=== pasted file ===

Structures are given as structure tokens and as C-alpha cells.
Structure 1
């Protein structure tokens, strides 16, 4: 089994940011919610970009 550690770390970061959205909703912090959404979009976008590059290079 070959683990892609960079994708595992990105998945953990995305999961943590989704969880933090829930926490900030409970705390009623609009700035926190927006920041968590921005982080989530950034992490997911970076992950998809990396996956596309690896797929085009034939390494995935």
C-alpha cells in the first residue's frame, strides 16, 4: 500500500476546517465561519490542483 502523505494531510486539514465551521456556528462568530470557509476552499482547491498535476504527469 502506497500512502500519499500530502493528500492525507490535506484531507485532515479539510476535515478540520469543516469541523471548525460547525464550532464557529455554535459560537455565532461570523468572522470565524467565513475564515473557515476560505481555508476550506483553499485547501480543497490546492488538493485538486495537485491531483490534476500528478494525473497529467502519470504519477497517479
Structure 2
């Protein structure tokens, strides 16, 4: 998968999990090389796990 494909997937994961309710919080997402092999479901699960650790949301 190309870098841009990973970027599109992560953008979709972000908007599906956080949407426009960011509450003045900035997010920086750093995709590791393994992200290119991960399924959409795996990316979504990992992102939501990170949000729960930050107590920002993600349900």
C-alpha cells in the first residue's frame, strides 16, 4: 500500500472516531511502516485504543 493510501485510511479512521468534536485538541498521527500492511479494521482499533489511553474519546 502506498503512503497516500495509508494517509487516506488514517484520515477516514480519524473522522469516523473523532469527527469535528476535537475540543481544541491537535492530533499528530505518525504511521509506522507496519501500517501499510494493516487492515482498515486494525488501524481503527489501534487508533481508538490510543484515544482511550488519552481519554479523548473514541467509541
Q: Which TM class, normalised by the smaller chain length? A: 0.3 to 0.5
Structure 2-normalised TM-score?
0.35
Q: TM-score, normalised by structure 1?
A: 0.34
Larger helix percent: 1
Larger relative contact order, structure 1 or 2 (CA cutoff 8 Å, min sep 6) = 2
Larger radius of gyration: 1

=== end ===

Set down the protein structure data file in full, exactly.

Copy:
Structures are given as structure tokens and as C-alpha cells.
Structure 1
């Protein structure tokens, strides 16, 4: 089994940011919610970009 550690770390970061959205909703912090959404979009976008590059290079 070959683990892609960079994708595992990105998945953990995305999961943590989704969880933090829930926490900030409970705390009623609009700035926190927006920041968590921005982080989530950034992490997911970076992950998809990396996956596309690896797929085009034939390494995935």
C-alpha cells in the first residue's frame, strides 16, 4: 500500500476546517465561519490542483 502523505494531510486539514465551521456556528462568530470557509476552499482547491498535476504527469 502506497500512502500519499500530502493528500492525507490535506484531507485532515479539510476535515478540520469543516469541523471548525460547525464550532464557529455554535459560537455565532461570523468572522470565524467565513475564515473557515476560505481555508476550506483553499485547501480543497490546492488538493485538486495537485491531483490534476500528478494525473497529467502519470504519477497517479
Structure 2
């Protein structure tokens, strides 16, 4: 998968999990090389796990 494909997937994961309710919080997402092999479901699960650790949301 190309870098841009990973970027599109992560953008979709972000908007599906956080949407426009960011509450003045900035997010920086750093995709590791393994992200290119991960399924959409795996990316979504990992992102939501990170949000729960930050107590920002993600349900």
C-alpha cells in the first residue's frame, strides 16, 4: 500500500472516531511502516485504543 493510501485510511479512521468534536485538541498521527500492511479494521482499533489511553474519546 502506498503512503497516500495509508494517509487516506488514517484520515477516514480519524473522522469516523473523532469527527469535528476535537475540543481544541491537535492530533499528530505518525504511521509506522507496519501500517501499510494493516487492515482498515486494525488501524481503527489501534487508533481508538490510543484515544482511550488519552481519554479523548473514541467509541
Q: Which TM class, normalised by the smaller chain length? A: 0.3 to 0.5
Structure 2-normalised TM-score?
0.35
Q: TM-score, normalised by structure 1?
A: 0.34
Larger helix percent: 1
Larger relative contact order, structure 1 or 2 (CA cutoff 8 Å, min sep 6) = 2
Larger radius of gyration: 1